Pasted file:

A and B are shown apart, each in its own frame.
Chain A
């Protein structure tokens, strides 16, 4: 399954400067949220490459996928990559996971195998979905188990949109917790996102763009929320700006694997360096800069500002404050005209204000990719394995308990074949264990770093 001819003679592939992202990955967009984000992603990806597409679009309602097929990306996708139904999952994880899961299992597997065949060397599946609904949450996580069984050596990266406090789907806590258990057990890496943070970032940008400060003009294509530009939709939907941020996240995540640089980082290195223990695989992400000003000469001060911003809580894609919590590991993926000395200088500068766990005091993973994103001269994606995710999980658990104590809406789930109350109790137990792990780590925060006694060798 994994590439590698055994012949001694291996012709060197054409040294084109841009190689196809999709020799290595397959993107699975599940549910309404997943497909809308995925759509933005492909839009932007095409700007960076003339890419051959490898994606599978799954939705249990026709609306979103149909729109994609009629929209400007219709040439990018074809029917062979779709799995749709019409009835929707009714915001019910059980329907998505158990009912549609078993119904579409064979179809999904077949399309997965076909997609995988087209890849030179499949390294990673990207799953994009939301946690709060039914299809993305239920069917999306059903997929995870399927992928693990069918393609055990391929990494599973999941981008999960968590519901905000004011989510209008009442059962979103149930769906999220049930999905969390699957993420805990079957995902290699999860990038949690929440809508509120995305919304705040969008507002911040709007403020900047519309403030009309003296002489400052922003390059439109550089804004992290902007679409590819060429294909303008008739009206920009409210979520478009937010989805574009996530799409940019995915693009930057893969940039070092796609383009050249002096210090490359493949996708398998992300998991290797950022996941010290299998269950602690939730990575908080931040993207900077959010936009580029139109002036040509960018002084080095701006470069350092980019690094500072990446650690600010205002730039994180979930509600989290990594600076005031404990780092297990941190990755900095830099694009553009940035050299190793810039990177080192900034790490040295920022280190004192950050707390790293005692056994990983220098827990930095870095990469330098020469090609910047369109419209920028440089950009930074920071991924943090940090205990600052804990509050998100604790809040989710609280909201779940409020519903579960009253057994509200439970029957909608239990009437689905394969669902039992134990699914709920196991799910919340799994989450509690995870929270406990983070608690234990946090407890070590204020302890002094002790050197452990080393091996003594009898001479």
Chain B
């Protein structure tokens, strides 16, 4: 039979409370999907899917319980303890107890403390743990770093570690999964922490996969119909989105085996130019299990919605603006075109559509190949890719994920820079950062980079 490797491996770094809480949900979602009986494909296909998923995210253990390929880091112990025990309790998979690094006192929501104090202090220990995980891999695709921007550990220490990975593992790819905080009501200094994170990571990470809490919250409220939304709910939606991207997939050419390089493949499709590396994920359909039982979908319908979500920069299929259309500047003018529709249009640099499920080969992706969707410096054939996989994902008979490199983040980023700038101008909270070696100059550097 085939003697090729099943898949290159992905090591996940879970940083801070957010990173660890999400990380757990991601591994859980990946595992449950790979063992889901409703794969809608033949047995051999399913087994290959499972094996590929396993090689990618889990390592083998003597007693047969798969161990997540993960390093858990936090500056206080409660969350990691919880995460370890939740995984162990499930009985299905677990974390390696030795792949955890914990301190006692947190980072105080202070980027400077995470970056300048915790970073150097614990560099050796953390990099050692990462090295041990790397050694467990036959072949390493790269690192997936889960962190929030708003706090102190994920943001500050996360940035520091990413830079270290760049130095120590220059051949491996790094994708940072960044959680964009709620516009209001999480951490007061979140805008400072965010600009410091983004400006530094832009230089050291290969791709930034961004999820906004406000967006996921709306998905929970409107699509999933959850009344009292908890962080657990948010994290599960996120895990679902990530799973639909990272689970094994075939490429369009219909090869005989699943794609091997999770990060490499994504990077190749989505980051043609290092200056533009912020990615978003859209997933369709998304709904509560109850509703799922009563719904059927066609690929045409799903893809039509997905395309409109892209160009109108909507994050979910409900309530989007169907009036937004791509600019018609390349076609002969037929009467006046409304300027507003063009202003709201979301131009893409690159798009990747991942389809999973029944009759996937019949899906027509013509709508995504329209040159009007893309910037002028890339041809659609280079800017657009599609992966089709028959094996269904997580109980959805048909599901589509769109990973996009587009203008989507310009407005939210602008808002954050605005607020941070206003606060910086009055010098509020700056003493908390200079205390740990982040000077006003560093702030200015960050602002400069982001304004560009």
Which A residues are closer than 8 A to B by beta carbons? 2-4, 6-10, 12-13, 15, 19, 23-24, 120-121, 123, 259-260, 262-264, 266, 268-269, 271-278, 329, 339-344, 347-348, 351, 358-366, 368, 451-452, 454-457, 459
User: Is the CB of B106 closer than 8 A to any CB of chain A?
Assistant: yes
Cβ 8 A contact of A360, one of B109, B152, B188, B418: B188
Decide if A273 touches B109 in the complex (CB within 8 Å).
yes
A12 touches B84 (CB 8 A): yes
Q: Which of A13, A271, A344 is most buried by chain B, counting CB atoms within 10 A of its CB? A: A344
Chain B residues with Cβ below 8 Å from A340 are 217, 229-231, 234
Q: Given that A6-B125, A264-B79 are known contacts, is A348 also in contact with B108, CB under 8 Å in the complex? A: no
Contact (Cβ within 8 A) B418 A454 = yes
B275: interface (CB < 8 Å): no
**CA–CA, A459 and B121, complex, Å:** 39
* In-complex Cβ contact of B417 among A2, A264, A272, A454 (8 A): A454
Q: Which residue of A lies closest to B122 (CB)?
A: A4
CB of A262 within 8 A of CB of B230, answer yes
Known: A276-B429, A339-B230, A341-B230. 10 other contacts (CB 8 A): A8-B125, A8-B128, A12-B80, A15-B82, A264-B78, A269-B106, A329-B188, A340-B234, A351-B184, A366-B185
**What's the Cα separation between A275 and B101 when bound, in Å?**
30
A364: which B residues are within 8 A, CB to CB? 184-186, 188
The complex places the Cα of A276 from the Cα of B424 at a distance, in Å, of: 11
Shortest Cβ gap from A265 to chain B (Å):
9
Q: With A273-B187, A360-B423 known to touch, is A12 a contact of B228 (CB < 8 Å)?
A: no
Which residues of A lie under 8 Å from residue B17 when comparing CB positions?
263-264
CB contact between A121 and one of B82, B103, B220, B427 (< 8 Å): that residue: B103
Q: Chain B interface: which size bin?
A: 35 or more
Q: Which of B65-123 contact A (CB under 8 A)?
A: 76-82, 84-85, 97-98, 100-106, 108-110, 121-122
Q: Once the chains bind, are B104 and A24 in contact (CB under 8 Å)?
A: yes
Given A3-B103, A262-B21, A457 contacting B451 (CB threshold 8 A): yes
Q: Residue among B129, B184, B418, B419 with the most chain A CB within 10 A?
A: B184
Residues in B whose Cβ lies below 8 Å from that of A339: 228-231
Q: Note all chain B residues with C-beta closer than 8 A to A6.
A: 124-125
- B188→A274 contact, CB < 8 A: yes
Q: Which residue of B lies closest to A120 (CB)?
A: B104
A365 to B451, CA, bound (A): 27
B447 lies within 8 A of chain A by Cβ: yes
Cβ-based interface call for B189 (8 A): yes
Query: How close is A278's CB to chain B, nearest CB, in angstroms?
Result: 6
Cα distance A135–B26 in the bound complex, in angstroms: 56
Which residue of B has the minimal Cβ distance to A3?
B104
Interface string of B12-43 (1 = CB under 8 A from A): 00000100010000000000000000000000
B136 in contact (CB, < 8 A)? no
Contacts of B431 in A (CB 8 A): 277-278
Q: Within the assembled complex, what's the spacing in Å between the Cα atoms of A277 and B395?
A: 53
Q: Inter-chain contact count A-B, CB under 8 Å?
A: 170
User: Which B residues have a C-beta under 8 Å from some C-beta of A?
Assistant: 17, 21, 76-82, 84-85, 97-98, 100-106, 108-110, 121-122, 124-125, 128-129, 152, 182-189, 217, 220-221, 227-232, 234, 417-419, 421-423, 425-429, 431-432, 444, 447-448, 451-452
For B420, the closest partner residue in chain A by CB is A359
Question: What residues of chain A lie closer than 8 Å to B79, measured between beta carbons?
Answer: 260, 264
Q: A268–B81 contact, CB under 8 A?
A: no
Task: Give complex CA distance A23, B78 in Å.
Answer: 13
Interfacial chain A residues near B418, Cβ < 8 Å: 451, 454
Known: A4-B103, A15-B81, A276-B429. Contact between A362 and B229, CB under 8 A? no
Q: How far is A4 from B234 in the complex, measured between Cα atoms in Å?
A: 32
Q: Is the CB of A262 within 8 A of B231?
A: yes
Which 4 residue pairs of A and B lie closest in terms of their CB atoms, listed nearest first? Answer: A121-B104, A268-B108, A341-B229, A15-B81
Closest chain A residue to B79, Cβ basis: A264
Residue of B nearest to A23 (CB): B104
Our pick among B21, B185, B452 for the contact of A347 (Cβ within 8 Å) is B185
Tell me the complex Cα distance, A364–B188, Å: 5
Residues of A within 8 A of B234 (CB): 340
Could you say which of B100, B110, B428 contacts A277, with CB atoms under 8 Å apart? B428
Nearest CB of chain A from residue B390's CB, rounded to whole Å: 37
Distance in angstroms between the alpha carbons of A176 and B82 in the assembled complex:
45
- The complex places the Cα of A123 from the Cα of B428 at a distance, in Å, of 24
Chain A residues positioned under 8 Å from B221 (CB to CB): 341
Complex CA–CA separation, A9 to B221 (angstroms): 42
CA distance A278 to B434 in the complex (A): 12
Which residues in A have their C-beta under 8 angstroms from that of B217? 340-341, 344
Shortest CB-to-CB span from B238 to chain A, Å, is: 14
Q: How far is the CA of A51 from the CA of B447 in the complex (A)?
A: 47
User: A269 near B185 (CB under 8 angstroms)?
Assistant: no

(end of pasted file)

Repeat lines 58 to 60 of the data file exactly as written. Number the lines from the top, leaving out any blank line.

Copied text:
Interface string of B12-43 (1 = CB under 8 A from A): 00000100010000000000000000000000
B136 in contact (CB, < 8 A)? no
Contacts of B431 in A (CB 8 A): 277-278